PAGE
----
In the center of a clear plastic tub, small rocks formed a mound. With sixth graders gathered around the tub, Lyndsey Wright poured cool water over the rock mound. Next she poked small holes in a paper cup, put some blue food coloring in the bottom, and set the cup in the corner of the tub. Quickly she poured hot water into the cup. And the students observed. Then they got their own tubs and supplies to reverse the experiment with warm water over the rock mound and cold water in the cup. They observed, compared and discussed the experiments.
A textbook could have provided an explanation of how mountains affect climate, but this was interactive. This was fun.
Wright is pursuing a master’s degree in applied mathematics at Mines. She is focused on a numerical method for solving Poisson’s Equation for her research project. And she also says she likes doing “nerdy lessons with kids.” Last year, funded by the NSF’s GK-12 Learning Partnerships grant, Wright worked with a middle school science and math teacher. This year, funded by the S.D. Bechtel, Jr. Foundation, she is working with a kindergarten teacher to give children an early introduction to science, technology, engineering and math (STEM).
Kelly Lundstrom is a master’s student in applied statistics. Her research is related to assessment in education, specifically with the Bechtel Initiative, and she works with Mines Professor Barbara Moskal on assessing data from the program. For the past year and a half, she worked in an elementary school classroom where one of her favorite lessons was a raisin race, teaching students that matter exists as solids, liquids and gases and can change from one state to another by heating and cooling. She also co-ran an after-school science club where students completed engineering design projects. “My favorite part was seeing how excited the students got every time I presented something cool related to STEM,” said Lundstrom.
Funded by grants from the Bechtel Foundation and the National Science Foundation (NSF), kindergarten through eighth grade teachers, Mines faculty and Mines graduate students work together to develop problem-centered, interdisciplinary learning experiences for K-8 students in Adams County District 50, Adams County District 12, Denver Public Schools and Englewood Schools. Mines leads a two-week summer workshop focused on mathematical, scientific and engineering content, as well as instructional techniques, for the teachers and graduate students. Then throughout the following school year, the graduate students provide assistance to the teachers in their classrooms.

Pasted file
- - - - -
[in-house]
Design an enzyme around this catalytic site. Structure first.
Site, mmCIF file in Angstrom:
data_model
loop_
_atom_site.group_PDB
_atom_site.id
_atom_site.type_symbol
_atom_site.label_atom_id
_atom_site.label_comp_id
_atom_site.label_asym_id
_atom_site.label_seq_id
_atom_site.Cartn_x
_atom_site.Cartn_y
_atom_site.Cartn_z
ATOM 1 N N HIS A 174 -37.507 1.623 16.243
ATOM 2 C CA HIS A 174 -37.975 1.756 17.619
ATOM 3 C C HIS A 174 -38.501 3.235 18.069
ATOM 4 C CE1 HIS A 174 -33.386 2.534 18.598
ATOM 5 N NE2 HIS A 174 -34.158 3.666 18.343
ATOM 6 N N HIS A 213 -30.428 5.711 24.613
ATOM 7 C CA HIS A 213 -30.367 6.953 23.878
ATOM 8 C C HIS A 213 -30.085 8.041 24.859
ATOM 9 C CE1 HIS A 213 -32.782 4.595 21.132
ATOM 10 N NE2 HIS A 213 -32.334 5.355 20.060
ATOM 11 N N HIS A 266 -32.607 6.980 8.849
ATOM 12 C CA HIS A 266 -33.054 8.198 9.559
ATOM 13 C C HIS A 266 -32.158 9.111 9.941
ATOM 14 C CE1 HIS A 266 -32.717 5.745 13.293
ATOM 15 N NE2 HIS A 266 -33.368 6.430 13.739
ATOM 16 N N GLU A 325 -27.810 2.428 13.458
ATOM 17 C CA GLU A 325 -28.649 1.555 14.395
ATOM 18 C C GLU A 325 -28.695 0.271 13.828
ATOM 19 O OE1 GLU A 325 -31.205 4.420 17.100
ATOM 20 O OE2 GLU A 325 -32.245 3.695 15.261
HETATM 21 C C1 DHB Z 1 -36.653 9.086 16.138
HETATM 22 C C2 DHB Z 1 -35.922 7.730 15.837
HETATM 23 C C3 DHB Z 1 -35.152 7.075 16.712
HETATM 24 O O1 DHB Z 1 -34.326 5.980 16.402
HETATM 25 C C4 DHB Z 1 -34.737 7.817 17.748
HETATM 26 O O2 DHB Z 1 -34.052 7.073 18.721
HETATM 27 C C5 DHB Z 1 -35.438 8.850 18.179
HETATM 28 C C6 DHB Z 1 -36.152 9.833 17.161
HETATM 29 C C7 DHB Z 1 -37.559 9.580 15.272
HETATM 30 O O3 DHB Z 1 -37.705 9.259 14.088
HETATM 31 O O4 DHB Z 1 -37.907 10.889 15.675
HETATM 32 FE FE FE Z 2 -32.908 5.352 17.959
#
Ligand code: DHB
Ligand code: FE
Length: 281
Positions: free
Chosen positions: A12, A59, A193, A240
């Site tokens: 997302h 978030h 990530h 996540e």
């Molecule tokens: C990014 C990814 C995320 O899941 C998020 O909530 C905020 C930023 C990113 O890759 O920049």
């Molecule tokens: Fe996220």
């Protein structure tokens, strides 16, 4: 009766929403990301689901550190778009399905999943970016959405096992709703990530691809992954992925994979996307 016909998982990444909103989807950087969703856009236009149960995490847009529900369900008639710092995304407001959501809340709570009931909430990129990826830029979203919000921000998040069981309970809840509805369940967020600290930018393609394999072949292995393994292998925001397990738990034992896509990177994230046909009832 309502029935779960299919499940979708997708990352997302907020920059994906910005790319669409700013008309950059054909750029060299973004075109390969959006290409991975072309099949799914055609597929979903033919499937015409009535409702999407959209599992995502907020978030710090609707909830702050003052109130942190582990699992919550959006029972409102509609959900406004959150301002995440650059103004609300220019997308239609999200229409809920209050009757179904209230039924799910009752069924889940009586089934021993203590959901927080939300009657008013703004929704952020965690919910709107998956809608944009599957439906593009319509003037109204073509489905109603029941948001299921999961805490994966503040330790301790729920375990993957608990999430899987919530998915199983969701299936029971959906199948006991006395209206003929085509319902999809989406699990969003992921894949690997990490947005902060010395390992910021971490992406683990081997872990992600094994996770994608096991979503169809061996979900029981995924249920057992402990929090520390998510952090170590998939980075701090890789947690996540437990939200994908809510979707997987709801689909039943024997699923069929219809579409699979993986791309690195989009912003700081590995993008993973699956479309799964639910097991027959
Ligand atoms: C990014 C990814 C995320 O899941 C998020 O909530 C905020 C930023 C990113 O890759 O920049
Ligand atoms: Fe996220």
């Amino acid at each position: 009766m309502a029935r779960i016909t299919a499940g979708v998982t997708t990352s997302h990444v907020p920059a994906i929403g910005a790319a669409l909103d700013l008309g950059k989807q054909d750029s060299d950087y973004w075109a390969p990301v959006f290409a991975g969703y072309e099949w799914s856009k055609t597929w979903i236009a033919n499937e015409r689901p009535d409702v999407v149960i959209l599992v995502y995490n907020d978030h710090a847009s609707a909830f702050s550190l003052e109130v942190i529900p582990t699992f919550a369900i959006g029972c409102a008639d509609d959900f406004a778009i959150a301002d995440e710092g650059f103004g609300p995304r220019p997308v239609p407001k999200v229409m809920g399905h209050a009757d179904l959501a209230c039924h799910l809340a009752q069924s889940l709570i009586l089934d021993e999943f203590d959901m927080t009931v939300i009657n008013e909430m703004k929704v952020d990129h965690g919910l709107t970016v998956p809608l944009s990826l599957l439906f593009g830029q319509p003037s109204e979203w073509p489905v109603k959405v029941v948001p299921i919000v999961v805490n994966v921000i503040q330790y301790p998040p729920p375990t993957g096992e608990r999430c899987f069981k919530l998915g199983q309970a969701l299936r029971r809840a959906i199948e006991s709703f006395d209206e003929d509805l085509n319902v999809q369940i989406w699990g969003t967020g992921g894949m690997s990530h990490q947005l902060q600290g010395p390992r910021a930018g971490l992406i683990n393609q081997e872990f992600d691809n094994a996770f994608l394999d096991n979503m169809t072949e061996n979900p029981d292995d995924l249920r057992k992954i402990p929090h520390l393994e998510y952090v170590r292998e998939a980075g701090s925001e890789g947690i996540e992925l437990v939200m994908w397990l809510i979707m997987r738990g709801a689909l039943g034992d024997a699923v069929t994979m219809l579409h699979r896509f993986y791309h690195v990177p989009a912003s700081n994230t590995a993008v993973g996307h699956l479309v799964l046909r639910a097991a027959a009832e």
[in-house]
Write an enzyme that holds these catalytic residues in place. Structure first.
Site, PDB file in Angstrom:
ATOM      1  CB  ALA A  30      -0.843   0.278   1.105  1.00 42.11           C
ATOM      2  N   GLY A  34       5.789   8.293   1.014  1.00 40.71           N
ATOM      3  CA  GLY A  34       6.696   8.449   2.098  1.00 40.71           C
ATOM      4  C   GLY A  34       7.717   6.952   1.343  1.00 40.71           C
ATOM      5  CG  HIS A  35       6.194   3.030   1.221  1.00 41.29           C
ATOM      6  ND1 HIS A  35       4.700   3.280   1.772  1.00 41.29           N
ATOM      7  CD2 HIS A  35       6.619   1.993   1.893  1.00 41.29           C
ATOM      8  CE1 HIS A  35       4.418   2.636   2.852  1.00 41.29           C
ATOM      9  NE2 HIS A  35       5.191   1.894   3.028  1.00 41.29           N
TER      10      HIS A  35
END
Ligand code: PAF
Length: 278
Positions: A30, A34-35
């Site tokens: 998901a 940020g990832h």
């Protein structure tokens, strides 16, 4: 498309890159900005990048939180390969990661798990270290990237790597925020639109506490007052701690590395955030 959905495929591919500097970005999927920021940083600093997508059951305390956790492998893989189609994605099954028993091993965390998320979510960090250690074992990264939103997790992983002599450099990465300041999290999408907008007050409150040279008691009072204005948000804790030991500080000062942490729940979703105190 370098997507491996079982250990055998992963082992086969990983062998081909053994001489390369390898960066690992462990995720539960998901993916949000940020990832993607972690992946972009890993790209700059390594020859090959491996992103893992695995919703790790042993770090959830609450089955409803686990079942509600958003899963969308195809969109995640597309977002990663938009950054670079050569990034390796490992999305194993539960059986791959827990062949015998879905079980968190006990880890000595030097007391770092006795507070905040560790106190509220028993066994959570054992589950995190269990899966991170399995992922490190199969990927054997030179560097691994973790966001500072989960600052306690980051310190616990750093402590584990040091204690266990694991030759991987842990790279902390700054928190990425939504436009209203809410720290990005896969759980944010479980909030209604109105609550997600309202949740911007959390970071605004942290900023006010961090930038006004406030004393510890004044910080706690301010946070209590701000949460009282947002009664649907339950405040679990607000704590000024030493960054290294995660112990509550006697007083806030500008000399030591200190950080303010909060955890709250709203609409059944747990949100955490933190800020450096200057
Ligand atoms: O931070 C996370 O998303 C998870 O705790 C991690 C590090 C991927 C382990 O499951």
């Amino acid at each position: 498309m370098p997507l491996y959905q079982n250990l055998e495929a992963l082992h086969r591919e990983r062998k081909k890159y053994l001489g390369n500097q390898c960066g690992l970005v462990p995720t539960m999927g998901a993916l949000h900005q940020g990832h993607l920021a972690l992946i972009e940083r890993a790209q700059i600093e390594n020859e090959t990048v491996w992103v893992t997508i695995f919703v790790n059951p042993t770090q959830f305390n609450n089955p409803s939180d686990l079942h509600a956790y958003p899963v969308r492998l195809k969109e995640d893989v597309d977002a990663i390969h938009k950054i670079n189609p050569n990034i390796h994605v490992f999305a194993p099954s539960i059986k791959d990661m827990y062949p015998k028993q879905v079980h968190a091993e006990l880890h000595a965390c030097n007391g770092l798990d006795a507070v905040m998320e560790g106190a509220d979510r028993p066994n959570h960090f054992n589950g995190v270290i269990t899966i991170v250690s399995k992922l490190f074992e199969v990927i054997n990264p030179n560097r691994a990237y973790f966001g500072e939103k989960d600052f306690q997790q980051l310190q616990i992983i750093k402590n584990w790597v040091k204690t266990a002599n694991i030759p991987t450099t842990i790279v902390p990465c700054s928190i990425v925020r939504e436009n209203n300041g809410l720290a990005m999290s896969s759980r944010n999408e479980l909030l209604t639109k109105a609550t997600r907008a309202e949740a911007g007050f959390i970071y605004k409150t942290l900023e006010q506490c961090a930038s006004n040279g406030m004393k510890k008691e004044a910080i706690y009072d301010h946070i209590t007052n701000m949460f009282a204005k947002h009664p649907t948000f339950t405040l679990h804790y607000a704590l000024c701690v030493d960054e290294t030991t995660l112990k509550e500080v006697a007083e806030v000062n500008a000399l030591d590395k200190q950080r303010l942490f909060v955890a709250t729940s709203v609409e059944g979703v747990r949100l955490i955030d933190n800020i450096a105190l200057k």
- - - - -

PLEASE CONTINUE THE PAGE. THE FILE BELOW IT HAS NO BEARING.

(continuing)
“Every week elementary and middle school students interact with Mines students – great role models who like science and math and want to work in a STEM field,” said Moskal, who directs the Trefny Institute and the Center for Assessment of Science, Technology, Engineering and Mathematics at Mines. Her research group examines the effectiveness of existing and new STEM programs and asks: How do you capture the impact of outreach programs on students’ learning and attitudes?
One thing Moskal has learned is students want to see the usefulness of STEM subjects. They are motivated when they realize how STEM can benefit their lives and the lives of others. So practical applications are an important element of Mines’ STEM programs, which also include the Renewable Energy Materials Research Science and Engineering Center (REMRSEC) K-12 Education Outreach.
Supported by the Bechtel Foundation, BNSF Foundation, ECA Foundation, Northrup Grumman, NSF, Shell Oil Company and The Denver Foundation, this program provides Adams County District 50 and other teachers at the summer workshop with age appropriate lesson plans on energy basics, solar energy, hydrogen and energy efficiency. The Engineering Research Center for Re-Inventing the Nation’s Urban Water Infrastructure at Mines also partners with Adams County District 50 to help teachers create compelling lessons and activities for their students during the summer workshop.
The American Society for Engineering Education has honored the Mines programs as “Best K-12 Partnerships” for two consecutive years, and the programs are growing, reaching more teachers and students with increasingly innovative, practical and effective approaches to STEM education. Serving the STEM pipeline from kindergarten to career, Mines is helping the nation build a highly skilled, competitive workforce.
Physics for Students with Dyslexia
The Rocky Mountain Camp for Dyslexics is Mines’ newest STEM partner. The American Physical Society will fund “Children with Disabilities: Physics Outreach to Dyslexic Students,” a grant proposed by Moskal and Craig Taylor, REMRSEC director. They will direct the development and delivery of instructional modules in physics for K-6 students. The modules, involving 10 hours of hands-on physics lessons, will be tested on 40 students at the five-week summer camp held in Indian Hills, Colo.
“Dyslexia does not impair students’ scientific and engineering reasoning,” explained Moskal. “In fact, some researchers believe that dyslexic students have enhanced capabilities in science.”
Graduate student Lyndsey Wright has helped in the past with the science unit of the camp. “It is really just a lot of fun,” she said. “It allows me the freedom to do the coolest experiments I can possibly think of with a group of kids who genuinely enjoy and have an aptitude for science.”